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[Enamel Bits] Set stones in enamel


#1

Hi,

I would like to find out regarding what technique
other enamelists use to set stones in enamel. I have used a tap
and die to add bezel set gemstones to an enamel. I also read
that another enamelist sets diamonds right into the enamel. I
am not at the diamond phase of my work, but am looking for other
ways to set colored stones w/bezel directly into the
enamel…any suggestions? Thank you in advance!

Linda Crawford
Linda Crawford Designs
http://www.jps.net/lcrawford
@Linda_Crawford

“What if the hokey pokey is what life is all about?”


#2
I would like to find out regarding what technique
other enamelists use to set stones in enamel.) 

I solder a miniature bolt to my bezel cup bottom, drill through
whatever backing is used and attach the washer and nut (securing
with Lock Tight). The nuts and bolts are available from Reactive
Metals and come in several lengths and 00-90 & 00-80 thickness.
You can use a spacer of tubing to run the bolt through if you
need more support under the bezel cup.

Donna in WY


#3

I’m not an enamelist but used to, before I regained my sanity,
use a lot of acrilics. When I needed a faceted or cabochon
accent I would rivet the prong setting or bezel cup through the
acrylic to the metal backing piece. I know enamelists have to be
concerned about cracking the enamel but think if you can leave a
bare metal spot and create a masking tape cushion around the area
you may be able to rivet. Drill the smallest hole possible in the
design, solder a wire(I used earring posts so use a #69 drill
bit) to the bezel cup or prong setting. Put the post through the
piece. When possible, tape the setting to the front and clip the
post to the necessary length(slightly above the backing metal) .
Tape(double layer of masking tape) the back of the piece around
the area where you are going to rivet. Put the largest flat
chasing tool(sometimes you have to use a rounded or pointed one
for 2mm settings) that will fit inside the setting in a vise,
rest the setting in the backing metal over the chasing tool and
carefully “set” the rivet with the ball end of a chasing hammer.
It helps if someone can help hold the piece but with some
ingenuity you can manage alone.

I once some some of Earl Pardon’s enamel work at the Faber
gallery and think he must have riveted enameled elements
together. If he didn’t then he beaded up gold wires(posts) to
hold enameled elements in place and I don’t even know if that’s
possible. Linda M


#4

Linda, I do lots of enamel/stone combination pieces. For small
[7mm diameter or less] round stones, I use fine silver tubing. I
make my own [postings are in the archives under “tubing” or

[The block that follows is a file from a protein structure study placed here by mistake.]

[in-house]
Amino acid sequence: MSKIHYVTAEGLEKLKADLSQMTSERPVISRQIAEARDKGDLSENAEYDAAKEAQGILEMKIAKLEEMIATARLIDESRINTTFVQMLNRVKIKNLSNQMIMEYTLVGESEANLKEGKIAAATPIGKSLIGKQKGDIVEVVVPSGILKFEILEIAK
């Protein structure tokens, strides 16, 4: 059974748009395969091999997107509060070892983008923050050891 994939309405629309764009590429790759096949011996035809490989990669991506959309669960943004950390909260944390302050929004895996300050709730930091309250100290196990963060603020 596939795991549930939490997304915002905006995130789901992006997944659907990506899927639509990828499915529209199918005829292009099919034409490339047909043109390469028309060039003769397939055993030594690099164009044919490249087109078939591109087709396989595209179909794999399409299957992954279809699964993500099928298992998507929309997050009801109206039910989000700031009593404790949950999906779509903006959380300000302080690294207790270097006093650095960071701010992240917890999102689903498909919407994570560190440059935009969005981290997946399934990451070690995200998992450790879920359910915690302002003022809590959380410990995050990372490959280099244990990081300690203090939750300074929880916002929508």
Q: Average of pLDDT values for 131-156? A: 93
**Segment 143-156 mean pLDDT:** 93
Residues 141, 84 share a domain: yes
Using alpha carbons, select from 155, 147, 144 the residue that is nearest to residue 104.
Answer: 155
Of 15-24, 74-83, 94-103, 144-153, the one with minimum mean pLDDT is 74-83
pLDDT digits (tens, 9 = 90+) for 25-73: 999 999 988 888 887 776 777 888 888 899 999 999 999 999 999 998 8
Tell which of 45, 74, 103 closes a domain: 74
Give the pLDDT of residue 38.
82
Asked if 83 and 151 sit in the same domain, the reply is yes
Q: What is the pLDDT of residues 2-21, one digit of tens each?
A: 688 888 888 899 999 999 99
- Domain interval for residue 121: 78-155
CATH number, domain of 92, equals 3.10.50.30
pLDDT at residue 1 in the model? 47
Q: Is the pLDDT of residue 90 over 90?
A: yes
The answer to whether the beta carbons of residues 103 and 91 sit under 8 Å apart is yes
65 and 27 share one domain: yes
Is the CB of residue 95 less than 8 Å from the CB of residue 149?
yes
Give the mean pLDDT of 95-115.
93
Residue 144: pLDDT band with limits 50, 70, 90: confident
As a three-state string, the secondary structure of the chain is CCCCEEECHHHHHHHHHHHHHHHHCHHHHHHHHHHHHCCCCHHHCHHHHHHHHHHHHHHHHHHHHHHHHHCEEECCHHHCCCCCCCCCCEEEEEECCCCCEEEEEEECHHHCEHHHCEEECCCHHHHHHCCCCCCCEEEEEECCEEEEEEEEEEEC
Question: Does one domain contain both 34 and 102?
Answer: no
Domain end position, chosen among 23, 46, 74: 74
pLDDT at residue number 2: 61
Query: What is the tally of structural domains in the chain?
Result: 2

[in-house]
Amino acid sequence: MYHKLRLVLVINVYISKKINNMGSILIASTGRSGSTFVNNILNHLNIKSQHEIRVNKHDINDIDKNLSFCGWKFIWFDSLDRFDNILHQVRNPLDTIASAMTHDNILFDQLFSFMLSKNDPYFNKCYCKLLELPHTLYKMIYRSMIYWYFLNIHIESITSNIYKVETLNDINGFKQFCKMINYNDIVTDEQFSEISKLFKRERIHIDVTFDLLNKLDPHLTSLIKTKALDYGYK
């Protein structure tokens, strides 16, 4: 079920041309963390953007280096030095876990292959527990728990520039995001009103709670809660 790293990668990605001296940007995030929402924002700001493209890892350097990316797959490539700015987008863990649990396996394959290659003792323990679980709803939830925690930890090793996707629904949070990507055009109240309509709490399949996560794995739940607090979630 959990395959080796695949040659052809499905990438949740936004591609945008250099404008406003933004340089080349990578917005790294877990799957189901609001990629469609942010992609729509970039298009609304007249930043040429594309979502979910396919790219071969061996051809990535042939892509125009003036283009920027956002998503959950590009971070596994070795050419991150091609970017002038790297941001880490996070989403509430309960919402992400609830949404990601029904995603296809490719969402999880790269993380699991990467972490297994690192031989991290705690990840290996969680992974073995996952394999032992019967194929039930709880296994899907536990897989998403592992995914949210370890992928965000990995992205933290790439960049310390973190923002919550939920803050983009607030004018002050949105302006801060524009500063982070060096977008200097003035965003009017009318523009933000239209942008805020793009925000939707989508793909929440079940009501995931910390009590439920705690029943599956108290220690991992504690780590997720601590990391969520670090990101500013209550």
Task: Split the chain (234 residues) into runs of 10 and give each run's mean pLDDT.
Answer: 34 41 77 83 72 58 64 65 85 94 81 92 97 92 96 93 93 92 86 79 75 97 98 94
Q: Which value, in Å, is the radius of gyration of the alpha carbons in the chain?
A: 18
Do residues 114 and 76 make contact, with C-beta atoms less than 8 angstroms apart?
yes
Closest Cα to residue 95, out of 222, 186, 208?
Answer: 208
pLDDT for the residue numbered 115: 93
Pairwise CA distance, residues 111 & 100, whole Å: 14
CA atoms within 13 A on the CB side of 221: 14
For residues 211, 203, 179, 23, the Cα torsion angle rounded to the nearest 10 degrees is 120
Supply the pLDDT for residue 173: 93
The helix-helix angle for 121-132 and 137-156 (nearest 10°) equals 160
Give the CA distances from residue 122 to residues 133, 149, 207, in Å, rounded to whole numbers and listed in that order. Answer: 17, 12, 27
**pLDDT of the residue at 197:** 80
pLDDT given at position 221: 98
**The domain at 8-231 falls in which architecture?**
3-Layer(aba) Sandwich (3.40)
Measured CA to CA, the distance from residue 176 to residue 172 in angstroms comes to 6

something] from 18g flat sheet, so I have lots of wall thickness
to cut a good seat with a setting bur. When I am fabricating the
fine silver shape I am going to enamel, I use IT solder to attach
short lengths of tubing where I want them. Put a pre-melted ball
of solder down inside the tubing and heat from below, and you
will attach the tube without having a glob of solder out there
where it can interact with your transparent enamels. Enamel the
piece as usual, stone and finish it, and then set the stones. You
can file the tubing down quite close to the surface of the
enamel, or leave it projecting outward; both effects are nice. A
single faceted stone can really add to a piece, and a parade of
stones of graduated colors, sizes, and heights crossing an
enamelled surface looks very nifty. Margaret Seeler’s books have
lots of good advice on building bezels into the piece before you
apply the enamel.


#5

I want to thank those who have responded to my request on
setting stones in enamel…wonderful suggestions! Any more
suggestions…I would love to hear it. Also, if anyone knows
how to obtain a copy of Margaret Seelers first book “The Art of
Enameling” I would love to get a copy of it. I believe it is
out of print.

I want to thank all those who contribute to this site and to Dr.
Aspler…I learn something new everyday. Congratulations on the
award, it is much deserved.

Linda Crawford
Linda Crawford Designs
http://www.jps.net/lcrawford
@Linda_Crawford

“What if the hokey pokey is what life is all about?”


#6

– Has anyone mentioned soldering a bezel onto the fine silver,
with IT solder, before enamelling. Did I miss that? This is
what I do much of the time.

	==Pisces
	@mbm

#7
  -- Has anyone mentioned soldering a bezel onto the fine
silver, with IT solder, before enameling.  Did I miss that? 
This is what I do much of the time. 

Hi, Anne shared some great info on soldering fine silver 18 gauge
tube onto the metal before enameling. What type of bezel do you
use to solder onto the metal and what gauge? My concern, of
course, is not to crack or discolor the enamel.

Thanks for all the great input!

Linda Crawford
Linda Crawford Designs
http://www.jps.net/lcrawford
@Linda_Crawford